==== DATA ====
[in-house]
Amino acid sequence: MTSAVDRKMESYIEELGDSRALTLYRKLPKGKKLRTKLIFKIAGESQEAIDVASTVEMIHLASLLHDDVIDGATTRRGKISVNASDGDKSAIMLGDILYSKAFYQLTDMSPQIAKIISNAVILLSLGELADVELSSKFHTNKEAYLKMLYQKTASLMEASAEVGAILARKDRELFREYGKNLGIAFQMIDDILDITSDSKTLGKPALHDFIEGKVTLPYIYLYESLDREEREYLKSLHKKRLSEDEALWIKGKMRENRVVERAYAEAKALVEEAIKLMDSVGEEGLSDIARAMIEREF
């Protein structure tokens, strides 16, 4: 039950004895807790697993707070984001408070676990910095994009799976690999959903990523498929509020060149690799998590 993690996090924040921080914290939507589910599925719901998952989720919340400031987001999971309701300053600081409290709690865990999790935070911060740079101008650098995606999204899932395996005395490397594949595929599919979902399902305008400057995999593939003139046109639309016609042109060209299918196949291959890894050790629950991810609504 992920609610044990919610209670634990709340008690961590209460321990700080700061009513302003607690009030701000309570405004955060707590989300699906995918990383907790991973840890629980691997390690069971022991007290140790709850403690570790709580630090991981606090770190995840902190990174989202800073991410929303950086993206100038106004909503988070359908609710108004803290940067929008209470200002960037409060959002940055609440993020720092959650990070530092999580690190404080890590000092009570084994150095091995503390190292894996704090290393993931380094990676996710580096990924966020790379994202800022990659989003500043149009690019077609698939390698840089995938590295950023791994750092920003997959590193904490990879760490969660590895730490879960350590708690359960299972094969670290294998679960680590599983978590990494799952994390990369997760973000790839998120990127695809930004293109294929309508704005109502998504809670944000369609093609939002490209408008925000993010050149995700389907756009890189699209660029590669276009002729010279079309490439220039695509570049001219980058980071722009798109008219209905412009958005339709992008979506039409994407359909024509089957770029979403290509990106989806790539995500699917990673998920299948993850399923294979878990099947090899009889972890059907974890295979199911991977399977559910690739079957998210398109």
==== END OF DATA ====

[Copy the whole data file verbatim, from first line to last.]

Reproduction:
[in-house]
Amino acid sequence: MTSAVDRKMESYIEELGDSRALTLYRKLPKGKKLRTKLIFKIAGESQEAIDVASTVEMIHLASLLHDDVIDGATTRRGKISVNASDGDKSAIMLGDILYSKAFYQLTDMSPQIAKIISNAVILLSLGELADVELSSKFHTNKEAYLKMLYQKTASLMEASAEVGAILARKDRELFREYGKNLGIAFQMIDDILDITSDSKTLGKPALHDFIEGKVTLPYIYLYESLDREEREYLKSLHKKRLSEDEALWIKGKMRENRVVERAYAEAKALVEEAIKLMDSVGEEGLSDIARAMIEREF
């Protein structure tokens, strides 16, 4: 039950004895807790697993707070984001408070676990910095994009799976690999959903990523498929509020060149690799998590 993690996090924040921080914290939507589910599925719901998952989720919340400031987001999971309701300053600081409290709690865990999790935070911060740079101008650098995606999204899932395996005395490397594949595929599919979902399902305008400057995999593939003139046109639309016609042109060209299918196949291959890894050790629950991810609504 992920609610044990919610209670634990709340008690961590209460321990700080700061009513302003607690009030701000309570405004955060707590989300699906995918990383907790991973840890629980691997390690069971022991007290140790709850403690570790709580630090991981606090770190995840902190990174989202800073991410929303950086993206100038106004909503988070359908609710108004803290940067929008209470200002960037409060959002940055609440993020720092959650990070530092999580690190404080890590000092009570084994150095091995503390190292894996704090290393993931380094990676996710580096990924966020790379994202800022990659989003500043149009690019077609698939390698840089995938590295950023791994750092920003997959590193904490990879760490969660590895730490879960350590708690359960299972094969670290294998679960680590599983978590990494799952994390990369997760973000790839998120990127695809930004293109294929309508704005109502998504809670944000369609093609939002490209408008925000993010050149995700389907756009890189699209660029590669276009002729010279079309490439220039695509570049001219980058980071722009798109008219209905412009958005339709992008979506039409994407359909024509089957770029979403290509990106989806790539995500699917990673998920299948993850399923294979878990099947090899009889972890059907974890295979199911991977399977559910690739079957998210398109």